Black Friday, I hardly knew ye

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Last year, I wrote a column about how Thanksgiving is one of the worst holidays. Today, I’m here to report to you that my feelings have changed. Today, I write to tell you that Thanksgiving is no longer one of the worst holidays, but that it is, in fact, the worst holiday.

The reason for the shift from “one of the worst” to “the worst” is because of one thing: Christmas. This year, my wife decided that we wouldn’t put up Christmas decorations until Thanksgiving had passed and like the smart man I am, I agreed. But boy did I hate not having my Christmas tree up on Nov. 1.

If Thanksgiving wasn’t a holiday, I would be able to have my Christmas decorations up significantly sooner. Thanksgiving is a buffer holiday that gets in the way of the best holiday. It’s also a buffer between me and my second-favorite holiday – Black Friday.

Sadly, though, after years and years of loving the famed and sometimes sadly deadly holiday –

stop trampeding people for that TV on sale that if you had done even just the slightest bit of research, you’d have realized it’s not even a TV worth buying, even at that price – I must admit that it has lost a lot of its luster.

I used to adore Black Friday. And before you tell me how bad it is for employees, I know. I worked many Black Fridays in my time, so I feel I’ve earned the right to shop on that day.

But yes, I love shopping late into the hours of the night, finding deals on things I don’t need and watching people do the same. This year, though, I spent less than $20. On top of that, the only thing that really brought a smile to my face on Black Friday was the eggnog latte I drank while shopping (basic, I know).

As fate would have it, I read a lot about the implications behind Black Friday this year in testimonials on Reddit, op-eds in papers, statistics in online articles and more and man, was it depressing.

I learned that more and more items saw their prices rise days before Black Friday, only to go on sale for the price they were originally sold for just a week earlier. I learned how many of my favorite stores failed to give employees holiday pay. I learned how that stores opened earlier than ever this year, too.

One of my favorite stores, GameStop, opened at 3 p.m. I love a good 8 p.m. opening on Black Friday. I don’t even mind a 5 p.m. opening here and there, but for the love of god, 3 p.m.? Seriously? I hadn’t even finished eating my lunch by 3 p.m., let alone my Thanksgiving dinner.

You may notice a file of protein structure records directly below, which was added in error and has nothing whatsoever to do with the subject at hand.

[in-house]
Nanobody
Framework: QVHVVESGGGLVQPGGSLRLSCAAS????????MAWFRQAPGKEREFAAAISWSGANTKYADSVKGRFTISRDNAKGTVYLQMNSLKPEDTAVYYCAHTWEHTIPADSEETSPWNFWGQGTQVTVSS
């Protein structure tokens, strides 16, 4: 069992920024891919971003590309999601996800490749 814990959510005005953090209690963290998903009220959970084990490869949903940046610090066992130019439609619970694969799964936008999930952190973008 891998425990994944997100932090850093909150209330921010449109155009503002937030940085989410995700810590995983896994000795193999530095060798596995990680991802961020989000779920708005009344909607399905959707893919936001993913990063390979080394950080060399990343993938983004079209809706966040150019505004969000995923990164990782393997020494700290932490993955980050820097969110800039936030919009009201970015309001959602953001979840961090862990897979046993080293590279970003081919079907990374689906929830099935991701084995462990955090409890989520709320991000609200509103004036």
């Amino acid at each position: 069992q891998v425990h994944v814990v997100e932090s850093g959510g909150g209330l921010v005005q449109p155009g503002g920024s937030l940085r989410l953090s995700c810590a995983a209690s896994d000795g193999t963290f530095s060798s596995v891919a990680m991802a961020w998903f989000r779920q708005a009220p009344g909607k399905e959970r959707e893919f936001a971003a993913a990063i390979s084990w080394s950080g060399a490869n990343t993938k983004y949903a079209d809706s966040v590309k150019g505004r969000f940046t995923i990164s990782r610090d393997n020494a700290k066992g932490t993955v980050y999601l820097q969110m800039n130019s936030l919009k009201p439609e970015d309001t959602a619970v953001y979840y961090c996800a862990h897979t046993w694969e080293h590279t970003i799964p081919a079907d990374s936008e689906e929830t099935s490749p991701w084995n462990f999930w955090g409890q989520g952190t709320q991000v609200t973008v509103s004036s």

To make matters worse, they closed at 10 p.m., which is the normal time they close and quite early for Black Friday. Why not open at a normal Black Friday time and close later? At least then, employees would be able to enjoy some of Thanksgiving (although again, it’s a d-list holiday at best).

I guess these realizations have always been there and I’ve just failed to pay attention to it. Perhaps I’ve come to the realization that just because I struggled through the torment of a Black Friday shift, doesn’t mean I’ve earned the right to fuel the machine that causes others to endure shifts on this day.

I’m not really sure which one it was, and it very well could be a culmination of all of this, but I don’t think Black Friday is for me anymore.

That’s OK though because I’ve got Cyber Monday to find deals on all of the things I don’t need. And even better, most of my Cyber Monday money goes to Amazon which totally isn’t going to take over the shopping ecosystem in the United States, and then the arms trade not unlike Stark Industries in the Marvel Cinematic Universe, and then the nation and maybe the world.

But hey, if that happens and Papa Jeff Bezos rules the world, maybe I’ll finally have same-day Amazon Prime shipping available to my home address.

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